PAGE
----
For me Immonen is a completely generic artist and i dont think there is anything that makes his art stand out, it is nod bad it is just mediocre generic looking. Finch is not Unique in the way that is discussed here, but you can look at his pages and tell that it is made by him.

Henrik J said...

I am a little mixed in this discussion, when i first saw some preview pages from one of Quitely's New X-men, it had been some years since i read comics last (the 90's got me like so many other people) and i really disliked the art since it was so different than what i was used to back when comics interested me. I picked up New X-Men, loved it and came to really appreciate the art although i still feel that his style doesn't work on everything.

On the other hand i am not a fan of Chris Bachalo & Humberto Ramos, the whole exaggerated anatomy thing is a pet peeve of mine and a comic would have to sound very good in order for me to buy it with either one as the artist.

All in all i think being Unique in itself is a good thing, but that doesn't mean i will like the art, and ultimately that is what it comes down to when looking at a comic, do i like how it looks?

Matt Ampersand said...

@Henrik J

I might be a bit biased because Immonen is one of my favorite artists, but he has a very recognizable style, specially with facial expressions and body languange (at least his current style, his older one was more generic). Look at the Crisis on Infite Arts I just did a couple of days ago, that featured the double spreads for Nextwave, to really get a handle on what his style is like.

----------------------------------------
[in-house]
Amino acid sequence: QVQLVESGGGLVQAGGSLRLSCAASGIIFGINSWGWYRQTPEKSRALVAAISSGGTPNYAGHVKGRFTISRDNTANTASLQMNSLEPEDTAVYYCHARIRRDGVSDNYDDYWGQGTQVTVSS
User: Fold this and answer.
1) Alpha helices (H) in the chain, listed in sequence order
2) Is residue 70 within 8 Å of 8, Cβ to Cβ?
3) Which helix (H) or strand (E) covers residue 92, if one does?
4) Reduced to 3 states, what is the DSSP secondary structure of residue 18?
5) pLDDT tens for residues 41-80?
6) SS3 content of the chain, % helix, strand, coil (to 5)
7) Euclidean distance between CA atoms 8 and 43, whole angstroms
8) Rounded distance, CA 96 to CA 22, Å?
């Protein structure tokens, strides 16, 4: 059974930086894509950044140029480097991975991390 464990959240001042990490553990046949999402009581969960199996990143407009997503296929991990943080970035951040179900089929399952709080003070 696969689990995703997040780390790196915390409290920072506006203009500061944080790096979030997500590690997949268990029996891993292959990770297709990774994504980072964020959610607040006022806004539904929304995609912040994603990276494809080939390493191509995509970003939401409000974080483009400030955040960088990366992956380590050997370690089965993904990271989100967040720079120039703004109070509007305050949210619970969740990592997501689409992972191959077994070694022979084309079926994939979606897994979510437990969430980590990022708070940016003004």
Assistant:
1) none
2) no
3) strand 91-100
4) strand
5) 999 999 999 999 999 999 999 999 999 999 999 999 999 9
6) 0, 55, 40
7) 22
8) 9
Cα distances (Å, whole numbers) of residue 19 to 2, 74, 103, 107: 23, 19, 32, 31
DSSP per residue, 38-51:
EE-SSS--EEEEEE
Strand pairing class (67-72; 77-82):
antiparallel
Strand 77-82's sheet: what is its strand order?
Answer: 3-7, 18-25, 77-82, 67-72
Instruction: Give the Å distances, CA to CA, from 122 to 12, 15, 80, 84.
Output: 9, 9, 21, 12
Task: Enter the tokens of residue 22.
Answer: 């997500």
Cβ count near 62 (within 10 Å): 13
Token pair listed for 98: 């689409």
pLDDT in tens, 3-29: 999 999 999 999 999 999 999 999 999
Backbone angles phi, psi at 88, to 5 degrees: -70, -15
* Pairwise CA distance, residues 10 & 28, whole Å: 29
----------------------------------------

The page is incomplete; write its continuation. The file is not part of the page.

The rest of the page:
Flip The Page said...

@Eric touché. There's not much I can say against that other than that I hope one day Image tries less to shoot itself in the foot with stuff that promotes the stereotypical view of itself.

@Henrik J I have to take the opposite stance here, in that I look at Immonen and can recognise him off the bat (even when he did *shudder* rock n roll comics), yet half the time when I see David Finch stuff I just assume that it could be anyone from the range of 'Image style' artists. Though I say that, he's done some interesting covers over time that spice it up a little.

Also don't look at the discussion as me hating on what I consider generic art, or even saying that the unique stuff is quality (this article was going to have a strong counterpoint about how damaging Larry Stromann was when he returned to X-factor for secret invasion, but i couldn't make it gel with the rest). people can dislike Bachalo, Quitely or Ramos. In fact a LOT of people don't like Ramos (I'm not one of them, I thrive off most of his stuff outside of that crappy Runaways material). I'm just saying that there's such a notable benefit to a series or artist having unique art.

.... WAit I'm just recapping my own post, sorry. I'm a broken record who's kinda lost himself somewhere in this comment.

Matt Ampersand said...

Yeah, I'm one of those that dislikes Ramos. I usually like that kind of stylized art, but I hate seeing his art on most books.